My thoughts on the rise of automation

A recent report highlighted Alyn and Deeside as being in the top five of constituencies most likely to be hit the hardest by the rise of automation. It announced that 36.8% of jobs in our constituency will be at risk by 2030.

It comes as no surprise that the constituencies that were declared most at risk are in the West Midlands and in the North of England where jobs in transport, manufacturing, and warehousing are often concentrated.

Our area is all too familiar with mass job losses from industrial decline and if history is going to teach us anything then it is that we must prepare better.

The Tory Governments who shut down steel works and mines across the country would say that these job losses were inevitable. Despite the ‘inevitability’, transitional arrangements into new jobs and different industries were not put in place. And if these figures prove to be correct, the 2030 deadline means we do not have long to make the appropriate transitional arrangements.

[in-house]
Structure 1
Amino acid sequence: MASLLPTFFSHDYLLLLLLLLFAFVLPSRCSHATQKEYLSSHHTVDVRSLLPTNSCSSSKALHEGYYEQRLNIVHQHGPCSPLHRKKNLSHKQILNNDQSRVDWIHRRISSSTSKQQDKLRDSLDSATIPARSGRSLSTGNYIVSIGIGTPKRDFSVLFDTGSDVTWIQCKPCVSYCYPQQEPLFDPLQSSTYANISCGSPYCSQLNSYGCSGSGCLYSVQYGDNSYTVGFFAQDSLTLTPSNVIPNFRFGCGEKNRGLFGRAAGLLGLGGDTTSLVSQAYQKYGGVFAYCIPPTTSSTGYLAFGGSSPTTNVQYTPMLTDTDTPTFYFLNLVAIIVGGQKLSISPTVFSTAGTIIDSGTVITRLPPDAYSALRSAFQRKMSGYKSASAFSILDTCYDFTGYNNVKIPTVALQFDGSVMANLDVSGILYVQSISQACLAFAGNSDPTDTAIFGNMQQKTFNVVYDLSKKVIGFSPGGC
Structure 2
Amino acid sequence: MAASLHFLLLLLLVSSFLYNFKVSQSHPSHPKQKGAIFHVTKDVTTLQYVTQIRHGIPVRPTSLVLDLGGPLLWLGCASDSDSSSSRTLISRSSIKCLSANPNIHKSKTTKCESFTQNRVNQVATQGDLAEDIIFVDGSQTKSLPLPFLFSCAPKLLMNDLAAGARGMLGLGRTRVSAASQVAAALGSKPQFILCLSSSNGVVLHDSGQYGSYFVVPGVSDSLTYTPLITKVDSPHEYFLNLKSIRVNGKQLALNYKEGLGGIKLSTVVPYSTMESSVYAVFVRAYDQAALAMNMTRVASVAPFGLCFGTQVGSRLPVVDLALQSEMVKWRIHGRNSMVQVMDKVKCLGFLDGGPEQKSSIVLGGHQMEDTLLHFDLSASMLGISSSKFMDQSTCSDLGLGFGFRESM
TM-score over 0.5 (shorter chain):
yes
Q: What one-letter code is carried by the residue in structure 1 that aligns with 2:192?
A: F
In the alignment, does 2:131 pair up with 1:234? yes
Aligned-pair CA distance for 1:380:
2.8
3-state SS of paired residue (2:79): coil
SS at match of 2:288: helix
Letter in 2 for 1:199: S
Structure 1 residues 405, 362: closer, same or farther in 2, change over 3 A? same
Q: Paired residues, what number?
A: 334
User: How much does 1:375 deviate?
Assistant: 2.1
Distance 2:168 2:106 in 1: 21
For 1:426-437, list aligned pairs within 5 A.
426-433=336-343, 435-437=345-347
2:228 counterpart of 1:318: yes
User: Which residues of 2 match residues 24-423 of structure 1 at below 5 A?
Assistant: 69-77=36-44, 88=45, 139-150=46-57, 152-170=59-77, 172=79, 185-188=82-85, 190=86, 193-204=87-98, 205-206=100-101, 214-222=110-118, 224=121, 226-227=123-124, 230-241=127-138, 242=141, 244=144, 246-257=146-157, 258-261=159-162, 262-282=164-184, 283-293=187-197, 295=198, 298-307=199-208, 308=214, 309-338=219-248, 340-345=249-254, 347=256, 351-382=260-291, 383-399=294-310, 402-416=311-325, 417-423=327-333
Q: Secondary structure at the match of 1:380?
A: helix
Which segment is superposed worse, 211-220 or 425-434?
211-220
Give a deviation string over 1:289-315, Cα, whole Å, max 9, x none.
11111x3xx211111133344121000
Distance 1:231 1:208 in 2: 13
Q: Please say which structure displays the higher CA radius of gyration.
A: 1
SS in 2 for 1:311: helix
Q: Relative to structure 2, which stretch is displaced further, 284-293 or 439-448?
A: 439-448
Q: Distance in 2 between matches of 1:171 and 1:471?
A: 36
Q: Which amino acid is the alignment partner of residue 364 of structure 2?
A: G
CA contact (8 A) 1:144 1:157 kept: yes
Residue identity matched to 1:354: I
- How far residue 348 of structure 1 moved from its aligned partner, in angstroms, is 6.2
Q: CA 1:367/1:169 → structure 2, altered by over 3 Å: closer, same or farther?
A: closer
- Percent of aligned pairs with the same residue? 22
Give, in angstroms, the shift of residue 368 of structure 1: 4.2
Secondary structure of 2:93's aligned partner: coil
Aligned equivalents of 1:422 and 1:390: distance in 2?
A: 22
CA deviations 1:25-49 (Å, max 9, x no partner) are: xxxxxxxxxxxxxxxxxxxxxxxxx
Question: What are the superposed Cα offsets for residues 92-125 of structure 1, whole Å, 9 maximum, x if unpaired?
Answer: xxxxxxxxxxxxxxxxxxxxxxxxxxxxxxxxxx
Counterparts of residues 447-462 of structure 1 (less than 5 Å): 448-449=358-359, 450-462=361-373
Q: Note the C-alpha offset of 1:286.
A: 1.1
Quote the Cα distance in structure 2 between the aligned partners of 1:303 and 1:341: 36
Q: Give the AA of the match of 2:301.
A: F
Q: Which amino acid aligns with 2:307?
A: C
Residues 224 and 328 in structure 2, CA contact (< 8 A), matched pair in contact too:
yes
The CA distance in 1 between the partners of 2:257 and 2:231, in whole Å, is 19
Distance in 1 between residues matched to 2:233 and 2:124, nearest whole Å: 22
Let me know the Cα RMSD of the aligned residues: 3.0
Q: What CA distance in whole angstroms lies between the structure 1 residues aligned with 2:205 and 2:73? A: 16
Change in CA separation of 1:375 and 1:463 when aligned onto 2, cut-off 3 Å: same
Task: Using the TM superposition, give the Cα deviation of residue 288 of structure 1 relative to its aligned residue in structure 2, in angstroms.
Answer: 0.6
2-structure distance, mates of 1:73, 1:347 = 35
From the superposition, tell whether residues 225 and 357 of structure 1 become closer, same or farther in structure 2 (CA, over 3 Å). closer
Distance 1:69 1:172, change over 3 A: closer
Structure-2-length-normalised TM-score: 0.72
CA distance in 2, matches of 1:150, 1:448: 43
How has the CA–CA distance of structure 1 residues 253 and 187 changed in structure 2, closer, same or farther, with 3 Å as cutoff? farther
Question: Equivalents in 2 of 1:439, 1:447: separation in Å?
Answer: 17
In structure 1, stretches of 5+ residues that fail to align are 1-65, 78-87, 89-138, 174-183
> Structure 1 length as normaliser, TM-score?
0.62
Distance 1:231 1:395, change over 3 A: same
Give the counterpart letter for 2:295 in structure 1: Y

There are mixed reports of what this will mean for our area, and other similar areas. This does not mean that 36.8% of people will become unemployed.

A lot of people argue that the rise of automation could replace low skilled jobs with new types of jobs. It is therefore essential that adaptations are made, especially in terms of skills, education, and training.

Alyn and Deeside’s economy is on the up and the area it is vastly becoming a centre for advanced manufacturing skills in aerospace, automotive, electronics, pharmaceuticals and steel. The rise of automation does not mean the area will begin to regress. With an appropriate action plan, Alyn and Deeside will continue to progress and top quality jobs will continue to come to the area.

The fact of the matter is, there are going to be huge changes to industries across the country. It is now essential that both parties work towards a strategy that maximises the potential of automation whilst at the same time limits the risk of job losses.